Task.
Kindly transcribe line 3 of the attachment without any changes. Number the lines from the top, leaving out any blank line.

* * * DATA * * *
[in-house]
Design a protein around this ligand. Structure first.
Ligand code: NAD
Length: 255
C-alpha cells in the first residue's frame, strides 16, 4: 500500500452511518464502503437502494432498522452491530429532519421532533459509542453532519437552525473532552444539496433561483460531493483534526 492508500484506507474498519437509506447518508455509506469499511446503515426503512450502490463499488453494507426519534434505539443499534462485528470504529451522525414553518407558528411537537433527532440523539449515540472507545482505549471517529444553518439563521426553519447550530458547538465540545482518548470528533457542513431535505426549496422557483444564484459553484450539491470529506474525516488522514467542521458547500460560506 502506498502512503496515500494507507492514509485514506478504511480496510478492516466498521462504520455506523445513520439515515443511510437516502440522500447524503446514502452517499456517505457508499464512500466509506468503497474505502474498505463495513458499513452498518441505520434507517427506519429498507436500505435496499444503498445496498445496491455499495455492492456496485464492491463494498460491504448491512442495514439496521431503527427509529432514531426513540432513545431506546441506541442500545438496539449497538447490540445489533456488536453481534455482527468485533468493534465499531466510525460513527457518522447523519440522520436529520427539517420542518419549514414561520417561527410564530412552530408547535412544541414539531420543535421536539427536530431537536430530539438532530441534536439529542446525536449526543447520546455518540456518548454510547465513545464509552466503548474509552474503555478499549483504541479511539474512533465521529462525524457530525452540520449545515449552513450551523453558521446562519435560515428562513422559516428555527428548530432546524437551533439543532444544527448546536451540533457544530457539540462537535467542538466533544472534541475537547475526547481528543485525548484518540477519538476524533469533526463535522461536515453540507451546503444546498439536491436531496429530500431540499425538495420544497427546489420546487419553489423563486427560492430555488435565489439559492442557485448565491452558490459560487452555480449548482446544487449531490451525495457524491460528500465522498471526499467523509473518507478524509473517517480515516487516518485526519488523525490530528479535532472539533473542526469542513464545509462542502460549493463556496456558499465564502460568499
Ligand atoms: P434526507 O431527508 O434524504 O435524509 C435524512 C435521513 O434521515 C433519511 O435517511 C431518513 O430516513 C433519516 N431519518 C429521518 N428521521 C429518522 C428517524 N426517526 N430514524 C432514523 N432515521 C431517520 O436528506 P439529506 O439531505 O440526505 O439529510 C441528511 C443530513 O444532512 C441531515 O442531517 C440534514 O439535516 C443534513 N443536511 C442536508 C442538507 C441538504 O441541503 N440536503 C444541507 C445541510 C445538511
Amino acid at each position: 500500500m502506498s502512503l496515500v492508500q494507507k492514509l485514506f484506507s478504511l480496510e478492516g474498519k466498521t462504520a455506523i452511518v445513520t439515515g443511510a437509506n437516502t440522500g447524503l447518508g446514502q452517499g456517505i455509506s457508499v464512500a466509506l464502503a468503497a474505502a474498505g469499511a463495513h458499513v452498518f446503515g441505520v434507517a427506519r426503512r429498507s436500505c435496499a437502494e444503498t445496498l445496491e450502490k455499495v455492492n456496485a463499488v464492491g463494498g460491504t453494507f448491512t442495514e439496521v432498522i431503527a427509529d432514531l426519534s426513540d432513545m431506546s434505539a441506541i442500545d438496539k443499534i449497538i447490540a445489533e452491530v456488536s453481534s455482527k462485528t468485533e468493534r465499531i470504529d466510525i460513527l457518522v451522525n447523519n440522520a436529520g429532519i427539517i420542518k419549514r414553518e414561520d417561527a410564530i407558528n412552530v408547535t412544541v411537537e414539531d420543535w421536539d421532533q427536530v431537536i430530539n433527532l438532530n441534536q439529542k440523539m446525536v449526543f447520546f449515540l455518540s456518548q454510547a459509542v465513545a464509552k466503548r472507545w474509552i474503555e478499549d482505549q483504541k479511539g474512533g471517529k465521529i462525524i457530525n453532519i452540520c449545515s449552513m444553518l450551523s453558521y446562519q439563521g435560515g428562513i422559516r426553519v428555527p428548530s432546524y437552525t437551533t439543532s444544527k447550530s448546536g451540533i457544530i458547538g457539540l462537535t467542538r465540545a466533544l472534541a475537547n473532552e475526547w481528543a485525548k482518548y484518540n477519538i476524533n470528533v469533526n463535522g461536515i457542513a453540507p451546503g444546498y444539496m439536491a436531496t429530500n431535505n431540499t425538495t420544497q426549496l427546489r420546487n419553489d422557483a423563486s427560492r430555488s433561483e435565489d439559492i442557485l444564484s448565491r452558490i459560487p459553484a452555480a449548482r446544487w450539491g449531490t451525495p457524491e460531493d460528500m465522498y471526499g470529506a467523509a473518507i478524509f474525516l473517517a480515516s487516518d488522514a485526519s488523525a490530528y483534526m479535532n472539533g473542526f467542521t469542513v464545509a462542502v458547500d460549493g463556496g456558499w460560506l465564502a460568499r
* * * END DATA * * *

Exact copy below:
Ligand code: NAD